Tonight's 7 p.m. event makes you the judge as men and women vying to be one of the bi-monthly calendar models from fire departments all over Southern Arizona compete. There's entertainment from some blazing hot singers found on the karaoke circuit. Admission is $10 at the Wild Wild West, 4385 W. Ina Road.

ORTS PLUS. Orts Dance Theatre flies high again tonight, this time bringing acclaimed Seattle trapeze artist Robert Davidson to the stage. Orts says Davidson is this country's "premiere trapeze artist."

Also tonight, artistic director Anne Bunker teams up with composer Chuck Koesters and video artist Nancy Solomon in what will be an image, music and performance work that utilizes canyon lands film they took traveling last summer. That film will be rear-projected as part of this much-anticipated collaboration.

Too much caffeine and a bed with wheels unites Mary Putterman and Bunker again, this time in their new work Bedfellows.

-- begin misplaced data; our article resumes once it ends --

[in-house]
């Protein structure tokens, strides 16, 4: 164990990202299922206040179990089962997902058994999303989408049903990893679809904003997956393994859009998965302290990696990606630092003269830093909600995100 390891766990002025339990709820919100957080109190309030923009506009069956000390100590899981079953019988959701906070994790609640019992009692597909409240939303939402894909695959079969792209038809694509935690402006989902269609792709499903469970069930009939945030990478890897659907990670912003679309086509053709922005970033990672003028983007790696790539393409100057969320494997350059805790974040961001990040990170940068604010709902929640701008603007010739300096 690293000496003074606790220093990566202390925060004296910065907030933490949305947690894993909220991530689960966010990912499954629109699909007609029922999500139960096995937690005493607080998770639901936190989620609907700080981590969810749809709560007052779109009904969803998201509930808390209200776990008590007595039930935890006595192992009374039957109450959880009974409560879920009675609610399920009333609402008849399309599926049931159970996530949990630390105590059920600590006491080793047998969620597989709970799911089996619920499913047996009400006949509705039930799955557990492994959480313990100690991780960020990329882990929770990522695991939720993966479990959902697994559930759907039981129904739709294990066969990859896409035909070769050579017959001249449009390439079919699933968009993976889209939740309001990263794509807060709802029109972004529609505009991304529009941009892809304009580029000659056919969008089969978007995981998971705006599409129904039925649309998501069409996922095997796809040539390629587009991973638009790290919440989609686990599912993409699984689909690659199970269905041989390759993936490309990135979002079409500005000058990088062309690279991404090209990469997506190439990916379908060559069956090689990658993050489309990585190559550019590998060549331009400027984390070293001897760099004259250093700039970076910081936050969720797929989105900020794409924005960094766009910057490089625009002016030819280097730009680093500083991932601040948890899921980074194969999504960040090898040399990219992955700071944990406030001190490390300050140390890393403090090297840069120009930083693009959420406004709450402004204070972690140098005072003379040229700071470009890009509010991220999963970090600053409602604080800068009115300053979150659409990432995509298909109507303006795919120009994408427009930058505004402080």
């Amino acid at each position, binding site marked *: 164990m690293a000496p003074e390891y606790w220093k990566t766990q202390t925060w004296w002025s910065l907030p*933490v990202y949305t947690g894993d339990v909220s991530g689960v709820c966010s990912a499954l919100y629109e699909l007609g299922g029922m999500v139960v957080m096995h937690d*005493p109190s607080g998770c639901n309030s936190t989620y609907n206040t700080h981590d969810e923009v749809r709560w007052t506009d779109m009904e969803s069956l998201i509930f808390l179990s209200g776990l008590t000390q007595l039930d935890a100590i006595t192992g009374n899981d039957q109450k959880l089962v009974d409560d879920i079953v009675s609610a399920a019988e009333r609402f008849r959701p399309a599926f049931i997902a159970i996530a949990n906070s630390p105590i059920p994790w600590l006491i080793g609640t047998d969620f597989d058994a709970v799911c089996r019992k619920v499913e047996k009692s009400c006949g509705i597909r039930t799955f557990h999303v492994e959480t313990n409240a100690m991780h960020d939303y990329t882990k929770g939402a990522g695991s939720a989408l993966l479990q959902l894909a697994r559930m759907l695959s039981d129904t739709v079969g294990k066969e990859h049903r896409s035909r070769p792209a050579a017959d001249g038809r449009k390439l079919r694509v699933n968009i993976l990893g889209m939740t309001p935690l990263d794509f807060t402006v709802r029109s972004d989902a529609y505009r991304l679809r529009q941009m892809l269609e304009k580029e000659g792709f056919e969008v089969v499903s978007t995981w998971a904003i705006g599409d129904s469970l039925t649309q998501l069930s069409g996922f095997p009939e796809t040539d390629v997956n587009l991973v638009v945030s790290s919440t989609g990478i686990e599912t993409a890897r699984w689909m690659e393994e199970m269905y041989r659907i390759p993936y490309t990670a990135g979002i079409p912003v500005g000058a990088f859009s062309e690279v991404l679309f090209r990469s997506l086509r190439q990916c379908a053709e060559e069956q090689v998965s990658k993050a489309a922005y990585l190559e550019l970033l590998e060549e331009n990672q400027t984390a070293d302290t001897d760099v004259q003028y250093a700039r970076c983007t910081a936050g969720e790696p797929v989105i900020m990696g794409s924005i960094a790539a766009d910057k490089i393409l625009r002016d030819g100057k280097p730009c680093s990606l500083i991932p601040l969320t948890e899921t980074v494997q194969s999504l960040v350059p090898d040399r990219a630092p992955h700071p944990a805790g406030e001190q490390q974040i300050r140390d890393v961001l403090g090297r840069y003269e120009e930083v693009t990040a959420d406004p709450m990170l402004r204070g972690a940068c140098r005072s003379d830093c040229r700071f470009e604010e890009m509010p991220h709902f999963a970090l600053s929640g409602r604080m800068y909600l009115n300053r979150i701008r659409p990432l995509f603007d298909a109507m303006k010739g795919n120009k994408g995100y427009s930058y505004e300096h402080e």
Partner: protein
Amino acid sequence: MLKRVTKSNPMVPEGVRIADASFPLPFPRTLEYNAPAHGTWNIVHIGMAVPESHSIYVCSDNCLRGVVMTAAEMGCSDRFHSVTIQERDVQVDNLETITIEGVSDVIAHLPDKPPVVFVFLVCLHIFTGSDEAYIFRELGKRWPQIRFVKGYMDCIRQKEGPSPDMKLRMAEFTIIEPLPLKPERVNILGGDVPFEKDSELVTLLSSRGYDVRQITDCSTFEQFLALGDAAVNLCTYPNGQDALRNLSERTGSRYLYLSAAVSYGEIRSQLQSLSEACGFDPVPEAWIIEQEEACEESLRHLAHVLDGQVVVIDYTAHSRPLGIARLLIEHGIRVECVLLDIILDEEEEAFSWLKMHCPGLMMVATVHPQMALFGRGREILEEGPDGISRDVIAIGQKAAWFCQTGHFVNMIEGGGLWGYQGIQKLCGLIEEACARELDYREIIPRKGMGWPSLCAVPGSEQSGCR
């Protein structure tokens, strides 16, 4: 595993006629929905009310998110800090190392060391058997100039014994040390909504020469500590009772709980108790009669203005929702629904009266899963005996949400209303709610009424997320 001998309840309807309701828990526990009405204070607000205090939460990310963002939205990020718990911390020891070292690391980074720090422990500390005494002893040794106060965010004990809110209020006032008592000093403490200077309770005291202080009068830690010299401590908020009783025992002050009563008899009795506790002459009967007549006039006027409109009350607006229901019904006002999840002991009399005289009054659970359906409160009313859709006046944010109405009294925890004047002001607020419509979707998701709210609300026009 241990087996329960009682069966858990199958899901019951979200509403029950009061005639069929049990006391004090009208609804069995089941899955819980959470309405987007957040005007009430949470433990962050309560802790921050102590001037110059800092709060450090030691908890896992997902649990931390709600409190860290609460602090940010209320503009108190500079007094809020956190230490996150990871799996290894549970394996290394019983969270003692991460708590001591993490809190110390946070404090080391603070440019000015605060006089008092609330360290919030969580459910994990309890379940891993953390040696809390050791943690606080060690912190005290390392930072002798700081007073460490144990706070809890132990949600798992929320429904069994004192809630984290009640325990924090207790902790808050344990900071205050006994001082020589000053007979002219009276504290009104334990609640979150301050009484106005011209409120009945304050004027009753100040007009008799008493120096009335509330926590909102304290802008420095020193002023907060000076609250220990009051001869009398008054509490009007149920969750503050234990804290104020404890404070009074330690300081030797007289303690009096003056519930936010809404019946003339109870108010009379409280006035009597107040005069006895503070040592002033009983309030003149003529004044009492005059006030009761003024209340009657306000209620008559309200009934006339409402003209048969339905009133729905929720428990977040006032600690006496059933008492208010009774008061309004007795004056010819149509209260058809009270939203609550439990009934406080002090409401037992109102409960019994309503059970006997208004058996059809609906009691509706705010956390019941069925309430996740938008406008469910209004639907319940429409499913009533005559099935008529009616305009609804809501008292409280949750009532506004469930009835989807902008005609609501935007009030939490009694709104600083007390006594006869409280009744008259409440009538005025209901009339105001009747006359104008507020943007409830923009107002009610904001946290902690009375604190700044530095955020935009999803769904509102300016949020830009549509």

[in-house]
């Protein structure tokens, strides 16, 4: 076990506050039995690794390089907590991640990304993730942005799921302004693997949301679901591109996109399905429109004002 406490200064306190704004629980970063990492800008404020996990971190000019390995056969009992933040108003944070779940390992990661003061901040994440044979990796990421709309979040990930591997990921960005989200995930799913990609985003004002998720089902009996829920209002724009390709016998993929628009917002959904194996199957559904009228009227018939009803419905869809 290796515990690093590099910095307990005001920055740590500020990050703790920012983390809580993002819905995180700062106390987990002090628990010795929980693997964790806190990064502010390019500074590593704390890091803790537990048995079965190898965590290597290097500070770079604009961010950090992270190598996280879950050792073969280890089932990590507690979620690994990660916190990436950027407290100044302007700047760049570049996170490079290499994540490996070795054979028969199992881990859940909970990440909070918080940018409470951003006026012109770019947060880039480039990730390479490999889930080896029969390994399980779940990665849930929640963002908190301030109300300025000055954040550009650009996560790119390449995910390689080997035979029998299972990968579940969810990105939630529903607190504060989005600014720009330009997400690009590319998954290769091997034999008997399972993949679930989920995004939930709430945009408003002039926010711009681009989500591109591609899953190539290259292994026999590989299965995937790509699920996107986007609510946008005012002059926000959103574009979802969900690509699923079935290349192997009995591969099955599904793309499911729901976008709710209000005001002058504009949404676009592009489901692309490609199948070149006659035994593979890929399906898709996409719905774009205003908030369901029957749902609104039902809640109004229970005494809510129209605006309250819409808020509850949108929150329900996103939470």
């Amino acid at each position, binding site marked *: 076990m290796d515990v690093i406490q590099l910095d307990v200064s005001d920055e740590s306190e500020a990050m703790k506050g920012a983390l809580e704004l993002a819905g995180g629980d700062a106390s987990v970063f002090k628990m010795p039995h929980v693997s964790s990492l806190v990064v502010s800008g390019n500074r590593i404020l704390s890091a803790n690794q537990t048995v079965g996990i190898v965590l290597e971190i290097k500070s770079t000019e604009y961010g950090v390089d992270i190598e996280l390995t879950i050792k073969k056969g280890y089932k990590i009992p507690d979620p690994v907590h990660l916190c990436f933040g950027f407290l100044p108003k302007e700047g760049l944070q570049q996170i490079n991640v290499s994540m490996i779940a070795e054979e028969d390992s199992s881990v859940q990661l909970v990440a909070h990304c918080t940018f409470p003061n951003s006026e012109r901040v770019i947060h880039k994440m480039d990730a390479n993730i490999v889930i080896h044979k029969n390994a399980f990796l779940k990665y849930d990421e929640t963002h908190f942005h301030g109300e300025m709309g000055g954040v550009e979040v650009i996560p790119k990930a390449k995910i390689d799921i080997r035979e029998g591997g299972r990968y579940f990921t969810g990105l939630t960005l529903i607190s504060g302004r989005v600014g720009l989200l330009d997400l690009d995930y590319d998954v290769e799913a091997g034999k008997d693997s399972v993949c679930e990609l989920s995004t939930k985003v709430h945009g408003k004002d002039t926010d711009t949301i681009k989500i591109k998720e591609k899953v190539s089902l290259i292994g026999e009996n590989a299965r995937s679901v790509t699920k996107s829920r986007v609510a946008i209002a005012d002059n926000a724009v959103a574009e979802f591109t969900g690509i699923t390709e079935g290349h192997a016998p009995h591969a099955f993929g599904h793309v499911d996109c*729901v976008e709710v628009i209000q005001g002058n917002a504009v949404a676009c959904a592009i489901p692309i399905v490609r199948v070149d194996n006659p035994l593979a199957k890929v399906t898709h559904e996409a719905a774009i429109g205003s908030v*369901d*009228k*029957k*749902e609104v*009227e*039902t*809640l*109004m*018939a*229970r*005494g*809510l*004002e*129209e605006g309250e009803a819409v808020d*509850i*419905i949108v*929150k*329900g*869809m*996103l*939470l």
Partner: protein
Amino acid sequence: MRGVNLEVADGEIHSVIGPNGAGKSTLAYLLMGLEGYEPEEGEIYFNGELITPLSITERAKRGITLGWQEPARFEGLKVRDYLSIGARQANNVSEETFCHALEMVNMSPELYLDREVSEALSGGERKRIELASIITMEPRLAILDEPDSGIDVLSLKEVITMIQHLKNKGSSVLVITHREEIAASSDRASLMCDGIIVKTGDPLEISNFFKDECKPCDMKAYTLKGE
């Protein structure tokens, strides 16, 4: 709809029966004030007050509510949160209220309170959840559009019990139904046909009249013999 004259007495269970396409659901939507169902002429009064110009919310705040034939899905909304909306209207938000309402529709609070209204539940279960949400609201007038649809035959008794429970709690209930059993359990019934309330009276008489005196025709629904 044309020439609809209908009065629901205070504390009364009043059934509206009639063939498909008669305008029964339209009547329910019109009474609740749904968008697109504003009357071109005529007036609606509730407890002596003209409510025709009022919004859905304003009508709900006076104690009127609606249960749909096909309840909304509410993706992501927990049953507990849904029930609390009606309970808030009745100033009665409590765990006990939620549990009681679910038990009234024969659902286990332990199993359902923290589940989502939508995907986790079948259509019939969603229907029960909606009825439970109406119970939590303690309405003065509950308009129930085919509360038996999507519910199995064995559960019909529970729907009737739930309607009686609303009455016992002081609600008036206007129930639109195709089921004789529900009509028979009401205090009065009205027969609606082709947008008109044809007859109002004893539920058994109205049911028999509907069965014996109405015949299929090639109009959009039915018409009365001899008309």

The show takes place at the Temple of Music and Art, 330 S. Scott Ave at 10 this morning, and at 8 p.m. Friday and Saturday, March 10 and 11. Tickets are $6 and $8 in advance, $10 and $8 at the door, or $5 for the matinee. To encourage families, all performances are free for students and children 15 and under.

MARY CHAPIN CARPENTER. We dug Mary when friends back east were sending us bootleg tapes and saying they heard this great singer crooning her own songs in watering holes up and down the coast. Now that she's got a bunch of Grammy awards hooked onto her belt, we're just glad her long-time talent is out and flourishing among the masses.